Betel Nut Mortar with a Human Head
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Betel Nut Mortar with a Human Head

Galerie Meyer-Oceanic Art

Date 19th century

Period 1750-1850, 1850-1900, 19th century

Origin Papua New Guinea

Medium Ebony wood

Dimension 10 cm (3⁷/₈ inches)

A rare and finely minute betel nut mortar carved with an inverted human head as the finial.

The triangular face has a pointed chin and lightly engraved mouth. A band of spiral carveing surrounds the mortars mouth. These mortars were used by people who had difficulty chewing the hard areca nut of the betel palm. The mortar was used to crush the nut into a paste and mix it with the lilme and pepper leaf – making betelnut a narcotic chew used in Melanesia and South East Asia. Northern (?), Massim Area, Papua New Guinea. Ebony wood. 10 cm. 19th century.

The term Betel Nut is a missnomer. The nut is the fruit of the areca palm (Areca catechu), known as buai in the Massim language. However, is not a true nut, but rather a fruit categorized as a berry.

The Areca “nut” is chewed with betel leaf (Piper betle) and lime (calcium hydroxide) as a mild stimulant, causing a warming sensation in the body and slightly heightened alertness, although the effects vary from person to person.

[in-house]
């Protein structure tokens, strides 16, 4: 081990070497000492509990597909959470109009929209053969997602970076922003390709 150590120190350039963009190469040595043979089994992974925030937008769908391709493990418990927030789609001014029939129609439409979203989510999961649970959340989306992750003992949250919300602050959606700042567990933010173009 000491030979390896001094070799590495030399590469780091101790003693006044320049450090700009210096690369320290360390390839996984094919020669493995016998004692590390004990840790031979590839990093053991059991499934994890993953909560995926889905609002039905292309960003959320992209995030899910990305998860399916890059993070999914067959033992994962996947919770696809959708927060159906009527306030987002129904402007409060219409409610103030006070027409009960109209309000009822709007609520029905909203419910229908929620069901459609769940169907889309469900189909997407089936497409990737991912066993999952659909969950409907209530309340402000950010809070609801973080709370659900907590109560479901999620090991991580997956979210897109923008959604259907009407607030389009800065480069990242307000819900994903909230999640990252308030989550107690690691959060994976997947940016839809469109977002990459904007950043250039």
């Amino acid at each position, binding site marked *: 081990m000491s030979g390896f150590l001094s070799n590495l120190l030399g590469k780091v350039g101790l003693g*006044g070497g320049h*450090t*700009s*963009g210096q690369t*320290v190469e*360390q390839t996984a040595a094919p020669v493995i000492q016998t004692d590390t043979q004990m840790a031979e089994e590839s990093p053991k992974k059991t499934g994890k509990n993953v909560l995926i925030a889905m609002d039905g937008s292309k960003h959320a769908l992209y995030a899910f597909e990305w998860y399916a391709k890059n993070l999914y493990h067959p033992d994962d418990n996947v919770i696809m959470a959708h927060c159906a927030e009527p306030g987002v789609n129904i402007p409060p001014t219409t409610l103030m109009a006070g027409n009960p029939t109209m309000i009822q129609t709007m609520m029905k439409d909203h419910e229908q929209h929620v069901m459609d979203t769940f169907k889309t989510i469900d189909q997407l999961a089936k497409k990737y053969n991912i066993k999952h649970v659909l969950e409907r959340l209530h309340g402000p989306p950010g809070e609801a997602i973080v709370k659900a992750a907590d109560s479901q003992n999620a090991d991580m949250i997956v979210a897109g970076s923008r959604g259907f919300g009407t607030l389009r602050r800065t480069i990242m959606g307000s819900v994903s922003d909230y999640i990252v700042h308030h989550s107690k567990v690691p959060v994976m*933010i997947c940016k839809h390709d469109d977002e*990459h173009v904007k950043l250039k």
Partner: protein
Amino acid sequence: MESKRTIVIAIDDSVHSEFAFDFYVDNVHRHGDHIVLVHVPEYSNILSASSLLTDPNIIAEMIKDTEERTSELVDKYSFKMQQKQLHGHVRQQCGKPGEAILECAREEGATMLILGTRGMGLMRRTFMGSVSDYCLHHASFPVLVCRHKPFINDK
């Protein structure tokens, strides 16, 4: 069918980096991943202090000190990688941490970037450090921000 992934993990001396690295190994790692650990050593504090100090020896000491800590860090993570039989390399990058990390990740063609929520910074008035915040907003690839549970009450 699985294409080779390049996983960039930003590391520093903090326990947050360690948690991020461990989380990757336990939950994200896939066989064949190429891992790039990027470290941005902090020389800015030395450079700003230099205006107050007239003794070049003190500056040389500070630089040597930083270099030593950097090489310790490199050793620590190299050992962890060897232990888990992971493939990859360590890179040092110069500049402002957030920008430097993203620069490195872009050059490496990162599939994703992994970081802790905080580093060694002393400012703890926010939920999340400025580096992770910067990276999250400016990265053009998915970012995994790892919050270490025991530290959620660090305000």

The nut is used in dried, cured (smoked), and fresh forms. When the husk of the fresh fruit is green, the nut inside is soft enough to be cut with a typical knife or with the teeth. In the ripe fruit, the husk becomes yellow or orange, and as it dries, the fruit inside hardens to a wood-like consistency. At that stage, the areca nut cannot be chewed but must be crushed in a mortar.

Usually for chewing, a quantity of the nut is put into the mouth along with lime and the fruit or leaf of the betel plant which has a fresh, peppery taste, but it can also be bitter to varying degrees depending on the variety.

The areca nut contains the tannins arecatannin and gallic acid, a fixed oil gum, a little terpineol, lignin, various saline substances, and three main alkaloids : arecoline, arecaidine, and guvacine - all of which have vasoconstricting properties. The betel leaf chewed along with the nut contains eugenol, another vasoconstrictor.

Date: 19th century

Period: 1750-1850, 1850-1900, 19th century

Origin: Papua New Guinea

Medium: Ebony wood

Dimension: 10 cm (3⁷/₈ inches)

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Galerie Meyer-Oceanic Art

Tribal Art dealer specializing in early Oceanic Art since 1980 and archaic Eskimo Art since 2010

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